Changing technologies enable new applications and drive the need for competent systems integration. Credit: Integro Technologies

In addition, machine vision integrators have adapted business models to become providers of complete automation systems, offering design and integration of solutions involving machine vision technology, as opposed to only installing machine vision components. Key to the success of demanding applications includes the ability to control part presentation, provide flexible handling options, manipulate cameras and lighting orientation, and coordinate automation controls and interfacing to external devices. Additional demands for communication – such as those related to the industrial internet of things (IIoT) and Industry 4.0 – dictate further integration skills related to the machine vision solution.

New technology

Rapid advances in machine vision technology have enabled a wealth of new applications, and also helped drive both the need for, and the technical capabilities of, today’s machine vision integrator.

Firstly, consider 3D imaging: machine vision components that capture 3D information for a field of view are more readily available. These devices vary widely in imaging methodology and implementation techniques. An integrator can apply these devices for a variety of applications, including high-accuracy surface analysis, 3D part and feature measurement, and inspection using 3D image data, instead of 2D greyscale information. New applications on the horizon include robot guidance, where random products and even mixed, randomly piled products, can be singled out and grasped by a gripper.

Secondly, hyperspectral and multispectral imaging is relatively new technology. These cameras collect multiple – sometimes hundreds – of images of a single scene, each with a different narrow bandwidth of spectral information. In the hands of an integrator knowledgeable in this technology, applications for discrete spectral analysis of materials or even chemical composition can be done online. Many industries such as food, pharmaceutical, and recycling can benefit from this type of inspection capability.

Thirdly, many industrial applications demand high-speed imaging and processing. Line scanning is a common technique to achieve higher imaging rates with high resolution, but integration of these components can be more complex than common area imaging applications. Likewise, high-speed imaging and processing is a task requiring skilled integration.

Finally, deep learning is becoming much more sought after. While not completely new to machine vision, machine learning and its more recent implementation deep learning are the latest buzzwords in the industry. This technology shows great promise in a number of application areas, but it will take a skilled integrator to determine the viability and implementation parameters of deep learning for a particular task.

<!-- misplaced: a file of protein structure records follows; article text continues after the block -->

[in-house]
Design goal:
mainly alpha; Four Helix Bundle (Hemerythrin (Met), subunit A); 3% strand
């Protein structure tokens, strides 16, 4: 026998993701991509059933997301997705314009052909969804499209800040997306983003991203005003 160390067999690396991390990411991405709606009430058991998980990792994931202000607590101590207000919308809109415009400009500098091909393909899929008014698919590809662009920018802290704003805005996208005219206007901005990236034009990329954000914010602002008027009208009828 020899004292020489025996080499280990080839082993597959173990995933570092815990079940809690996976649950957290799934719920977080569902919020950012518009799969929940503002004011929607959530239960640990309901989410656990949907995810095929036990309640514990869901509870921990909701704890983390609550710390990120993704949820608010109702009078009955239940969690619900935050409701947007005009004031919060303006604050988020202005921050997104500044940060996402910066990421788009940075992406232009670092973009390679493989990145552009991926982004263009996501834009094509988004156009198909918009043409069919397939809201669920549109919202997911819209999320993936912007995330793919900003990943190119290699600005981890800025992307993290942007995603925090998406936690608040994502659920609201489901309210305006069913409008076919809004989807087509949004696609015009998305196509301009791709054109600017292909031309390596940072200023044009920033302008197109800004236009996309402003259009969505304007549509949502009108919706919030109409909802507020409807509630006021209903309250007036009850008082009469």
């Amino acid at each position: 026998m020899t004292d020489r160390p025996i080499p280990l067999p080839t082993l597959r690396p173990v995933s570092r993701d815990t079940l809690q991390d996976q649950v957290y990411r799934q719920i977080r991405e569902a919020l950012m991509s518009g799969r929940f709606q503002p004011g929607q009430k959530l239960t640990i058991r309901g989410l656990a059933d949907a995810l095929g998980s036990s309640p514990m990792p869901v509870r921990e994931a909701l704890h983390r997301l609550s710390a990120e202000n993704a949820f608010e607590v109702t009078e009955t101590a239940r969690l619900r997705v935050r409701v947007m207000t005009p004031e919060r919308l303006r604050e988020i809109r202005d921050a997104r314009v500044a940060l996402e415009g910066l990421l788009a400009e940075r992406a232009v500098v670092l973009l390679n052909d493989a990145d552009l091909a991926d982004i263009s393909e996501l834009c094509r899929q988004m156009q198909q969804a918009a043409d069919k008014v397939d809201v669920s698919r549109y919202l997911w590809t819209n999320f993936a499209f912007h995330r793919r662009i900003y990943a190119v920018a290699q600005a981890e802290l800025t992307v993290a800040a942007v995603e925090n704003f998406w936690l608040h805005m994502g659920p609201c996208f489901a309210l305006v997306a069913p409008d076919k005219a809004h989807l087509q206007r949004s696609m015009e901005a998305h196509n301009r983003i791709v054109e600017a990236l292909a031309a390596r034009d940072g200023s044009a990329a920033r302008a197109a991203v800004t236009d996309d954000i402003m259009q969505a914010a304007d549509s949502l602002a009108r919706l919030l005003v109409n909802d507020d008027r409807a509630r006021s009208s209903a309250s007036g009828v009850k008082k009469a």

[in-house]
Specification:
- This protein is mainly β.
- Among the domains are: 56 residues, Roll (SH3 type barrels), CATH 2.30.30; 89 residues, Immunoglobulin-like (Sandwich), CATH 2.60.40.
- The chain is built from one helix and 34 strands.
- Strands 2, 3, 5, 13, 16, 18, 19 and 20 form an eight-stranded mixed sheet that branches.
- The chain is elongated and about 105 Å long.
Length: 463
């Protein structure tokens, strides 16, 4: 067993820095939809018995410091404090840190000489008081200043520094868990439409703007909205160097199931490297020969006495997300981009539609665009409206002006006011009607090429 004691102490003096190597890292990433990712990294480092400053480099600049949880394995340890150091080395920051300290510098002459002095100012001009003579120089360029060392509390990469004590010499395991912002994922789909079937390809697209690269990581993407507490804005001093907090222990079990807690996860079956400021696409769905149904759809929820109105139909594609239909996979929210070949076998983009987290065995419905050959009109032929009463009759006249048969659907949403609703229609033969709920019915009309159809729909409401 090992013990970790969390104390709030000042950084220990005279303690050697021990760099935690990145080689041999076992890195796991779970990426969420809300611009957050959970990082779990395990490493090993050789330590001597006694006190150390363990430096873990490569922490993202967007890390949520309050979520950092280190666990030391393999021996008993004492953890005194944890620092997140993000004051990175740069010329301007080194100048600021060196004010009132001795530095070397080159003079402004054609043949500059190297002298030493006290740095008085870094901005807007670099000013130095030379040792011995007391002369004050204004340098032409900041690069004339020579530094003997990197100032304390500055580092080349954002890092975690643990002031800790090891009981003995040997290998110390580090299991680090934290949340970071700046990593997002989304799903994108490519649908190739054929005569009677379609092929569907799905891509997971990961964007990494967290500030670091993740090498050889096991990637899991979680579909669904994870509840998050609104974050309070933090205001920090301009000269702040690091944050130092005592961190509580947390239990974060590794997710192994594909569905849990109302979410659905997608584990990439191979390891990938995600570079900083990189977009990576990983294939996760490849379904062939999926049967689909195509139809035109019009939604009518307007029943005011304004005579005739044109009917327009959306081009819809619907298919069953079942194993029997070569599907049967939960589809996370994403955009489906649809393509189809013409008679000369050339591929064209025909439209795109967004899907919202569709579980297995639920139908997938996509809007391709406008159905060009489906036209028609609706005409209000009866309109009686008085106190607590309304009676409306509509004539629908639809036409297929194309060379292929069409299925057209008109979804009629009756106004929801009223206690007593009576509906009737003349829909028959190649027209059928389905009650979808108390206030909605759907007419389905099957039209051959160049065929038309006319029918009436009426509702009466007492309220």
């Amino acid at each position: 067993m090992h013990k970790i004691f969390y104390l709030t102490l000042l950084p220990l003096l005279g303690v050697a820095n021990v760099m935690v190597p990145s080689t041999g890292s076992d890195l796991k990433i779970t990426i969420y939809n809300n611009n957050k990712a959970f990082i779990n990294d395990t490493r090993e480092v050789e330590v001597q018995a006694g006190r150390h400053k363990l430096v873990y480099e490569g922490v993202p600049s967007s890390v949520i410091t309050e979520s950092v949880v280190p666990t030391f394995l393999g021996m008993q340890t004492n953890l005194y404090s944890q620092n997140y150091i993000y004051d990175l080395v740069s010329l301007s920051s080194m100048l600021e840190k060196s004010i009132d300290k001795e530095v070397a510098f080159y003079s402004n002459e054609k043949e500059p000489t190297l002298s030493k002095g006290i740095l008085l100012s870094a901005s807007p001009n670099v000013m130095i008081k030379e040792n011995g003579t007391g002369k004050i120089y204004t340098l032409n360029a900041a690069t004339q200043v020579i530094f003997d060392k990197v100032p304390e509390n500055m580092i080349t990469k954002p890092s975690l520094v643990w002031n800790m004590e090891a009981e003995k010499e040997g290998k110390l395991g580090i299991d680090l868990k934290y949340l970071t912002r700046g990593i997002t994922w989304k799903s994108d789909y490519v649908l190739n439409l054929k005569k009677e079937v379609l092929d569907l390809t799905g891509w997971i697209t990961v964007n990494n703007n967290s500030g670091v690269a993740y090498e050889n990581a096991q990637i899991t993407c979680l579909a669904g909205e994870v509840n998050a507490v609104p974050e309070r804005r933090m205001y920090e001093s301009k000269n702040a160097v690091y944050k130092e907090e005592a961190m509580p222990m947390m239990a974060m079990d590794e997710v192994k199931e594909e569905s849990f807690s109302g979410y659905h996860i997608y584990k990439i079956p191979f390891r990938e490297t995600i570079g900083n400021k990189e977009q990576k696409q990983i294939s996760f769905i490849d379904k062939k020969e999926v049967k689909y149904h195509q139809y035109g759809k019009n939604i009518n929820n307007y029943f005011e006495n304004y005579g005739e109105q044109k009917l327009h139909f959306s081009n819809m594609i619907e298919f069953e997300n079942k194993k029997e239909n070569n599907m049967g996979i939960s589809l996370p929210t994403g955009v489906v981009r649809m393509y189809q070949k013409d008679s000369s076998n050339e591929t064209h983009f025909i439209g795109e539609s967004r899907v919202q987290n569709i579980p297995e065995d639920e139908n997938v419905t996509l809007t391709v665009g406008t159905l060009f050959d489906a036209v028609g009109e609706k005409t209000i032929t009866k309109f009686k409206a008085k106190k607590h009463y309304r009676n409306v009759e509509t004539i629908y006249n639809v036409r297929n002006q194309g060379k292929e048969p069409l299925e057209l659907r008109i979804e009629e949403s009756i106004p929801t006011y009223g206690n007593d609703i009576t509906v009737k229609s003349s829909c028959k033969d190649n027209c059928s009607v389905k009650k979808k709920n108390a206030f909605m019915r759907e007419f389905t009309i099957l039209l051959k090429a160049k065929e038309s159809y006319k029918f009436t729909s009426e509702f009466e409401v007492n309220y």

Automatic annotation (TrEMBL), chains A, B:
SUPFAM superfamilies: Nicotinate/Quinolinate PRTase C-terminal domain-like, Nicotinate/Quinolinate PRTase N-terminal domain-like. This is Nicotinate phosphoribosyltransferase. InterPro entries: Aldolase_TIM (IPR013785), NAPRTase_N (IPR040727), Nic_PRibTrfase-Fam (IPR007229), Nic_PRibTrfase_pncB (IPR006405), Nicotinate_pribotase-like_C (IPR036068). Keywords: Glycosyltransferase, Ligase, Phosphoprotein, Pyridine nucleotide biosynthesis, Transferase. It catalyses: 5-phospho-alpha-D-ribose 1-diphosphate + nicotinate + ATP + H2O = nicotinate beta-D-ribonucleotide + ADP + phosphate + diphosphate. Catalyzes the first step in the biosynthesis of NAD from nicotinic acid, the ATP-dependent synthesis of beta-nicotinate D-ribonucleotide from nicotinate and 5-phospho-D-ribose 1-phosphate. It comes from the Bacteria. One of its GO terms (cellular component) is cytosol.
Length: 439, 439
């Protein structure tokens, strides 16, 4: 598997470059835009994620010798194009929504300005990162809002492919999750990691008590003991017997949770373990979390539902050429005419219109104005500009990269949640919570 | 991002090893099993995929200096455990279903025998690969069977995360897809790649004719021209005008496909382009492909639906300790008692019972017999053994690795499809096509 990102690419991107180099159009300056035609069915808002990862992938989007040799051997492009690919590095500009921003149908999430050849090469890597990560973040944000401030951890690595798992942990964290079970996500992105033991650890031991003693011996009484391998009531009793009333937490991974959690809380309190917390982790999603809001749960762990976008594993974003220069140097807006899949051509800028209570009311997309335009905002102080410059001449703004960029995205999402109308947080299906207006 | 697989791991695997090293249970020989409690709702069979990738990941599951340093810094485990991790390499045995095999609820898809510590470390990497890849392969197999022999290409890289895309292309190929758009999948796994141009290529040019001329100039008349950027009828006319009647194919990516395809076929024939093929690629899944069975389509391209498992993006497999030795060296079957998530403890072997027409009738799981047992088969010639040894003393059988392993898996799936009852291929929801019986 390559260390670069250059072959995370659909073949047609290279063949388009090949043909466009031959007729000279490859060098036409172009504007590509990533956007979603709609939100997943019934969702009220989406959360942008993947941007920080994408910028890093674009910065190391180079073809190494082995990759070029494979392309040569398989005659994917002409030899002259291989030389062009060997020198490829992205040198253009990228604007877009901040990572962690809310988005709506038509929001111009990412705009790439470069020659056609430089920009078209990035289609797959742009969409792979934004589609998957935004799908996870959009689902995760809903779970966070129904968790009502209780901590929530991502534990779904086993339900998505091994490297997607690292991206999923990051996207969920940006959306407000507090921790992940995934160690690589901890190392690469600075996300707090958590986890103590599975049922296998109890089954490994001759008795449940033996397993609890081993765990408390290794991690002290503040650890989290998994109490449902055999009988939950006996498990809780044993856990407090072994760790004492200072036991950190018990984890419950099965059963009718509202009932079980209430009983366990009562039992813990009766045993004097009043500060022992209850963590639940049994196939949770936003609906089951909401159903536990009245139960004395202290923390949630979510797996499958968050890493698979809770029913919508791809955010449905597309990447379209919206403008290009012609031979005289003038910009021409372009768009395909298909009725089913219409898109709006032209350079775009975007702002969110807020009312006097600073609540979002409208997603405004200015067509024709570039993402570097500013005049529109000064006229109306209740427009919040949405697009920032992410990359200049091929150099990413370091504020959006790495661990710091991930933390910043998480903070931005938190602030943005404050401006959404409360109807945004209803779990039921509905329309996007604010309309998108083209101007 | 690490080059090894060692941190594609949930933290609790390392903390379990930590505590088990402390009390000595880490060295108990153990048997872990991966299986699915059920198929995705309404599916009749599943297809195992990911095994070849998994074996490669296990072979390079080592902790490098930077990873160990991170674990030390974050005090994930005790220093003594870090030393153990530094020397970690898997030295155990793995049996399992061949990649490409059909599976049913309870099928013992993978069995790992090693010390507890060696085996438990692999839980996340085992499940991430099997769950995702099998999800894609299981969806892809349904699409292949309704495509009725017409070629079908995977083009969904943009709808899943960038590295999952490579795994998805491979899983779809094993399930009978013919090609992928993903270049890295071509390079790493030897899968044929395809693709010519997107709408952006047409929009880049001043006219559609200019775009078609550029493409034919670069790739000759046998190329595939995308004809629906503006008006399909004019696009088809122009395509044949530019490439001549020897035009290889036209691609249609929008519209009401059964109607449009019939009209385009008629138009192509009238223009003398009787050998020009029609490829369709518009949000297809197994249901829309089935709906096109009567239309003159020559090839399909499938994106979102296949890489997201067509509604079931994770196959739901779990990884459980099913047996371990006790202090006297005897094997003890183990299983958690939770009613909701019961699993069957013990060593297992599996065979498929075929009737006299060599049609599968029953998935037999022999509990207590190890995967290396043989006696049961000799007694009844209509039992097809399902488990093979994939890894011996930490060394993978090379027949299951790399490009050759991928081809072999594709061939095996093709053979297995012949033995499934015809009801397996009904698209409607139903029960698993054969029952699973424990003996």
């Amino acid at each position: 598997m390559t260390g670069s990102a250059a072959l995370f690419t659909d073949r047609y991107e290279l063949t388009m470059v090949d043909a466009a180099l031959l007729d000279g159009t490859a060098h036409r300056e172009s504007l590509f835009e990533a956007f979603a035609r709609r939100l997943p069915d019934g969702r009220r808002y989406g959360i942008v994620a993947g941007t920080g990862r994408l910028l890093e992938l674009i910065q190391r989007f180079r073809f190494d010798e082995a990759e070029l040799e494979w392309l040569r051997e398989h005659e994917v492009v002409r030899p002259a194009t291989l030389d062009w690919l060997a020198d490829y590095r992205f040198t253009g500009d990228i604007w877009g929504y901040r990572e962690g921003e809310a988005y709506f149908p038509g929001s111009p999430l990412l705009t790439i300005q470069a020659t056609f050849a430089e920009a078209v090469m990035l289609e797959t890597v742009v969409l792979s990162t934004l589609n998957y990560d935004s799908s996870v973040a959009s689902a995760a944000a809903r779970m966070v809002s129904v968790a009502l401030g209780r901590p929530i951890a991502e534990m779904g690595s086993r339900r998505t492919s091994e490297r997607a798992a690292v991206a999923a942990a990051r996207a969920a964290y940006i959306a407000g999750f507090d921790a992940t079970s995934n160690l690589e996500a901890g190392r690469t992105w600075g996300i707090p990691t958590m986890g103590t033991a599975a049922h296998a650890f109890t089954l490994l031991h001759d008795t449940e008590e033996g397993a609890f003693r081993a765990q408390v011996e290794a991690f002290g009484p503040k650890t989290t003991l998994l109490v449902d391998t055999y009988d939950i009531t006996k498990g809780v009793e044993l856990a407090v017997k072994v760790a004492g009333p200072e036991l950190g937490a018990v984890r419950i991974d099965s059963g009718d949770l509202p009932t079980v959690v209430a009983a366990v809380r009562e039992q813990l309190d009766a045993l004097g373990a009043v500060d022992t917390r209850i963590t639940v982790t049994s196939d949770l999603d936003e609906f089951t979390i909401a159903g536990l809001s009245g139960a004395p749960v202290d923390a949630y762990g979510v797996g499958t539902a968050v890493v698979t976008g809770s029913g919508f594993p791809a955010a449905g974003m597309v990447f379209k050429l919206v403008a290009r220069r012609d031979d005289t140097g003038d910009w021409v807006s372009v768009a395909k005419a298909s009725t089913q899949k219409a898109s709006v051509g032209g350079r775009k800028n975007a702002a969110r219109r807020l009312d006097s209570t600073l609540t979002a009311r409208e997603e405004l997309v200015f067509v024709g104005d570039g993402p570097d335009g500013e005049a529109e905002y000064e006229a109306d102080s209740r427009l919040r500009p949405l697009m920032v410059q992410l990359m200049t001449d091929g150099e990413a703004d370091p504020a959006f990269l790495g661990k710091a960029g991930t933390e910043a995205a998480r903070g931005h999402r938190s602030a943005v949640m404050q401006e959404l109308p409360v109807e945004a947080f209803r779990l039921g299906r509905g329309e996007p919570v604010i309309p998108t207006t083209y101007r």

Hype and reality

It can be said that machine vision integration has evolved, much like the entire machine vision industry has. There is a strong future for machine vision integration in providing cutting-edge solutions in an expanding application base.

What the savvy end-user needs to embrace is that the machine vision marketplace has been, and continues to be, a combination of hype and reality in the context of technology and capability. Manufacturers, financiers, media, and the general engineering community sometimes tend to focus on the latest buzz in technology as being the ultimate quick solution to all application needs. An integrator is the gatekeeper in this context, the entity who must absolutely make it work regardless of the buzz. Integrators often have been and, in the future, will continue to be the resource – particularly in the context of complex applications – able to make sense of the hype and reality, and deliver to the end-user a truly successful and reliable machine vision solution.


David Dechow is principal vision systems architect for Integro Technologies, working on application evaluation and design of turnkey machine vision solutions. Prior to his position at Integro, he was staff engineer for intelligent robotics and machine vision at Fanuc, and earlier was the founder of two machine vision system integration firms. He is a recipient of the AIA Automated Imaging Achievement Award.